Tornado strikes near St. Augustine, Florida, as severe weather threat moves offshore

A Tornado Watch was issued North and Central Florida. A tornado touched down near St. Augustine, Florida, on Thursday as thunderstorms continued to track toward the East Coast after multiple days of relentless severe weather across the South.

ST. AUGUSTINE, Fla. – An EF-1 tornado touched down near St. Augustine, Florida, on Thursday as thunderstorms continued to track off the coast after multiple days of relentless severe weather across the South.

Photos from St. Johns County Fire Department showed some roof damage to nearby homes, a mangled fence, and scattered toppled outdoor debris.  

"Units on the scene are reporting no major structural damage," fire officials posted on Facebook. "Damage at this time appears to be all exterior."

The St. Johns County Sheriff's Office said they found damage in the TrailMark area that stretched about 2 to 2.5 miles, though the tornado was later found to be on the ground for nearly 7 miles. 

"A lot of damage as far as windows, fences, roofs, shingles – things like that," St. Johns County Sheriff Robert A. Hardwick said during a press conference Thursday afternoon. 

County officials said they did not find any injuries upon arriving on the scene but later heard one person was taken to a local hospital on their own.  

The National Weather Service had issued a "Particularly Dangerous Situation" Tornado Warning and noted the likely tornado was located over World Golf Village at 11:48 a.m. EDT Thursday. The "Particularly Dangerous Situation" wording from the NWS is issued for rare situations when intense tornadoes are likely already causing damage. 

A storm survey team later estimated the damage consistent with 100 mph winds, giving the tornado an EF-1 rating on the Enhanced Fujita Scale.

More flooding woes in the Southeast

This comes following Thursday morning's heavy rain in the Southeast that prompted Flash Flood Warnings as roads flooded from Florida to South Carolina

Authorities in Charleston, South Carolina, warned drivers to exercise caution as more than 50 local roads were shut down due to the increasing water levels. A Flash Flood Warning was issued in the area until noon EDT.

Flash flooding also swept across parts of Tallahassee, Florida, before sunrise as thunderstorms hit the Panhandle and Big Bend region. There were multiple reports of localized street flooding, scattered power outages and inoperable traffic signals.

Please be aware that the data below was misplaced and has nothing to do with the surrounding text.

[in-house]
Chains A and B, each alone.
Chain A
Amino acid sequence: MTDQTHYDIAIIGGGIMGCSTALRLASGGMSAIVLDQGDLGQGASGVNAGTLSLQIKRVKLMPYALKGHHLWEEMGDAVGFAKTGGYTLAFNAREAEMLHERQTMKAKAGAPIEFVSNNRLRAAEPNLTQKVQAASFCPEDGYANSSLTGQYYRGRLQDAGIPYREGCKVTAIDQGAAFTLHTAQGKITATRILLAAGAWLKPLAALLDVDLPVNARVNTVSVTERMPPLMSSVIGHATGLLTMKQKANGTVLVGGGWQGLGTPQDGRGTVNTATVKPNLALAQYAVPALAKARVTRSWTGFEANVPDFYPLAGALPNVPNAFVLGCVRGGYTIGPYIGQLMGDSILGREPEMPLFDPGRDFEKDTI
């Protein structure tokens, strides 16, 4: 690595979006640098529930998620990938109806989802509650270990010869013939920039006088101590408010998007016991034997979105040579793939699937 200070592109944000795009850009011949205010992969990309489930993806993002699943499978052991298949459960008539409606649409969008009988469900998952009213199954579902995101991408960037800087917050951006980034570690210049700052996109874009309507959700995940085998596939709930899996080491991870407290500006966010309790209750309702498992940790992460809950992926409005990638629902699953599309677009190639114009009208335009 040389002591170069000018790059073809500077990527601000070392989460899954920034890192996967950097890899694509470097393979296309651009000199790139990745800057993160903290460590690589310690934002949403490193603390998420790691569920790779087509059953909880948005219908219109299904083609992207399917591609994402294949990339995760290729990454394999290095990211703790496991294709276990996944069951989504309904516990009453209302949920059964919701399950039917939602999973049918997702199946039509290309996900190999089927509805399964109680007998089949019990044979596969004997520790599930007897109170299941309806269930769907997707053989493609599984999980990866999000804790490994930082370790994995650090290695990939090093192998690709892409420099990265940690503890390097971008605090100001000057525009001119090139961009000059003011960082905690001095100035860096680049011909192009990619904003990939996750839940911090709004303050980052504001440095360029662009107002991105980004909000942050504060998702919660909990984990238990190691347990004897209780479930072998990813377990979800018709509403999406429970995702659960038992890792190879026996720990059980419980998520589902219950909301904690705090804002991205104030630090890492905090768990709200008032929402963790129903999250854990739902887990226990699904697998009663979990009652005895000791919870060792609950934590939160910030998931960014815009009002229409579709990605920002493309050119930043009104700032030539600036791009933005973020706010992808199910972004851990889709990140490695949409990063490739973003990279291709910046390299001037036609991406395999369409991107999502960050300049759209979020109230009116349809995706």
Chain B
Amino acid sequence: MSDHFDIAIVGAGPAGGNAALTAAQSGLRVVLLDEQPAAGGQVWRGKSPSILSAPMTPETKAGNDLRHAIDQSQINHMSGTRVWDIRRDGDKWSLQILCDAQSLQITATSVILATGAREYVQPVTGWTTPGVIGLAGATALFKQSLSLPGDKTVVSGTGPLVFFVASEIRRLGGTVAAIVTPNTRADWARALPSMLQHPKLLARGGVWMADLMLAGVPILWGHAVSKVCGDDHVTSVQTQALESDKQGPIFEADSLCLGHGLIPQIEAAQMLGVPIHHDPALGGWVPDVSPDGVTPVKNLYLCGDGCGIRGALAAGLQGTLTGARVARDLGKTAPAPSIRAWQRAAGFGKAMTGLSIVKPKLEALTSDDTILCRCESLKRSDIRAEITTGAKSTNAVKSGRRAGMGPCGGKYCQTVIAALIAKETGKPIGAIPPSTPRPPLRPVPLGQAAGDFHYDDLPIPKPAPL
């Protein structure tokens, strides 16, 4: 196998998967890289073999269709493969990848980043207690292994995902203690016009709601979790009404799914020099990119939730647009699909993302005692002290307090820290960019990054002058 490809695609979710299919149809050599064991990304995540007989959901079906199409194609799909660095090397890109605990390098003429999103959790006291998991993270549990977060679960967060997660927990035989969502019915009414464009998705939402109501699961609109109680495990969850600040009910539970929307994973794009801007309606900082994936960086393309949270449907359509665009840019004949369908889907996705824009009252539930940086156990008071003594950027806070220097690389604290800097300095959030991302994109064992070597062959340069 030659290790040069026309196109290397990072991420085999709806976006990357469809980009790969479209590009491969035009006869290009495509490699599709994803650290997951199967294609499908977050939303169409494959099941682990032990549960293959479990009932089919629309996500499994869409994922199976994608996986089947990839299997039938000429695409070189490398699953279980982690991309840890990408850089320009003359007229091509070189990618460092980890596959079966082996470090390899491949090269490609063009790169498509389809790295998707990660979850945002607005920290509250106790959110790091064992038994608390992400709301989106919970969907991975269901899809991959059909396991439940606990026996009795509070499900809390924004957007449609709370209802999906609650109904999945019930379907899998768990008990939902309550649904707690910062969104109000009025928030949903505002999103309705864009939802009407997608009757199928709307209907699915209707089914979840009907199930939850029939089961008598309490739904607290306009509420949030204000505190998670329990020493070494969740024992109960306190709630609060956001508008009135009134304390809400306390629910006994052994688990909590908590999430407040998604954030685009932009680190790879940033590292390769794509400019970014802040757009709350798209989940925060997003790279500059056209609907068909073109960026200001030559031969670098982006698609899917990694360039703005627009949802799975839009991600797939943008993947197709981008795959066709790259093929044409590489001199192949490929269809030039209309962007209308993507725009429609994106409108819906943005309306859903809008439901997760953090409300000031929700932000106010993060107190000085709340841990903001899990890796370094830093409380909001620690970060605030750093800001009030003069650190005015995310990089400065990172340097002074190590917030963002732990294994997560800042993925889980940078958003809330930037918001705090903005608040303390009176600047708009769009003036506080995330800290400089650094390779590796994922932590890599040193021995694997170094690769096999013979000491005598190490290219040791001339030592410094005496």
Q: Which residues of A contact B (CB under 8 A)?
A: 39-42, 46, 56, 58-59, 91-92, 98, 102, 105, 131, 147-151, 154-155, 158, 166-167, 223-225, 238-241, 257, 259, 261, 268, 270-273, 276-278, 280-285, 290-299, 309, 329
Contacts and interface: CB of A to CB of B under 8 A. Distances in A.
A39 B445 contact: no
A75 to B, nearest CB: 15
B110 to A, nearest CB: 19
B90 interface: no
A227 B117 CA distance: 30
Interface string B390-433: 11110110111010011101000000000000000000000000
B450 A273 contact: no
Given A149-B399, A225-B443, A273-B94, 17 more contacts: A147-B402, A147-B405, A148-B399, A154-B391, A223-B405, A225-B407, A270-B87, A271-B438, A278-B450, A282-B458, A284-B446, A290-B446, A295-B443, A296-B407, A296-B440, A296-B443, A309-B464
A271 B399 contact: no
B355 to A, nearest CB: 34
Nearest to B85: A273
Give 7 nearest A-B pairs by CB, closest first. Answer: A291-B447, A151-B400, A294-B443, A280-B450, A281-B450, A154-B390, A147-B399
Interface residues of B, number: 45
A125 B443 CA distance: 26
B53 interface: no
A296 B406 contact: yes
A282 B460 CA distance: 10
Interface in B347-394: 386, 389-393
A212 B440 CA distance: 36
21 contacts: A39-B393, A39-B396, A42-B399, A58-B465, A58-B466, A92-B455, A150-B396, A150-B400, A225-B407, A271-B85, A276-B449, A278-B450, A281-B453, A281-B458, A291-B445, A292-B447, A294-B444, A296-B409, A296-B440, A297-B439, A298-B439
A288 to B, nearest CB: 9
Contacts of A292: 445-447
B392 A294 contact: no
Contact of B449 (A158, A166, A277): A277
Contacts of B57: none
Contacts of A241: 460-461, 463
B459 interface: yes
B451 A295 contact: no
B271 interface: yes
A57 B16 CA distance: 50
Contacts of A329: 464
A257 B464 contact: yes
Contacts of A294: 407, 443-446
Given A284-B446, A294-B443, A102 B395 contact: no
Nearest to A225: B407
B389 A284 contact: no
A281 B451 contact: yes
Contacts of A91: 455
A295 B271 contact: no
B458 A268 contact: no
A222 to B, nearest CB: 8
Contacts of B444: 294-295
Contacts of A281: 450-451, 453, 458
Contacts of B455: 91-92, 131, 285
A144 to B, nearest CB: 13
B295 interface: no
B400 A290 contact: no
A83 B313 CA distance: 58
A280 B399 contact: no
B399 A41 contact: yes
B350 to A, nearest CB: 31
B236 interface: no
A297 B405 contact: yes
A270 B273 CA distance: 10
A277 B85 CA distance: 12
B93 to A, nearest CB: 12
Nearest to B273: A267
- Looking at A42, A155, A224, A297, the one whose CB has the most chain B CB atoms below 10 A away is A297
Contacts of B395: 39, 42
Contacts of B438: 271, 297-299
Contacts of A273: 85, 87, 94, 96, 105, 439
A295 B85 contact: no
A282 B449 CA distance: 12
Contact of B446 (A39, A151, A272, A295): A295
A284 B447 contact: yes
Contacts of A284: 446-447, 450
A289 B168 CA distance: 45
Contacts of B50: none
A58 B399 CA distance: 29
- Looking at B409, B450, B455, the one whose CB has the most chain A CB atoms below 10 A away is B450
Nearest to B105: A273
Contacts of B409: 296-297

Several inches of rain fell overnight and into the pre-dawn hours, triggering a Flash Flood Emergency that lasted until 6:30 a.m. EDT.

Footage from Riley Winch below shows streets in Tallahassee flooded, as authorities warned people to avoid roadways if possible. 

Due to the severe weather, a few schools and colleges in Florida either closed or delayed their operations.

The first major golf tournament of the year is expected to get off to a stormy start in Georgia. Due to the expected rainfall, the Masters has delayed gate openings on Thursday to give staff time to ensure parking lots are suitable for vehicles on the wet grounds.

Thursday's impacts in the Southeast follow a pair of Flash Flood Emergencies issued Wednesday in the New Orleans metro area and parts of East Texas when thunderstorms dropped as much as a foot of rain in some areas along the Gulf Coast.


A Flash Flood Emergency is the most severe flood alert the NWS can issue. It means life-threatening flooding and catastrophic damage are already occurring or expected to occur soon.

"If a Flash Flood Emergency is called for your town, that’s the worst of the worst when it comes to flash flooding," FOX Weather Meteorologist Britta Merwin said. "It’s a very rare warning that is only given when there is a significant risk to loss of property and loss of life."

The stormy weather is courtesy of the same system that produced dozens of reports of damage and significant flooding along the Gulf Coast on Wednesday. National Weather Service meteorologists said a tornado that struck Lake Charles, Louisiana, was an EF-2, and a Flash Flood Emergency was issued for the New Orleans metro.

A tornado also touched down in Chunchula, Alabama, damaging a home. The NWS confirmed that the tornado had a relatively short-lived EF-1 impact and max winds of around 100 mph.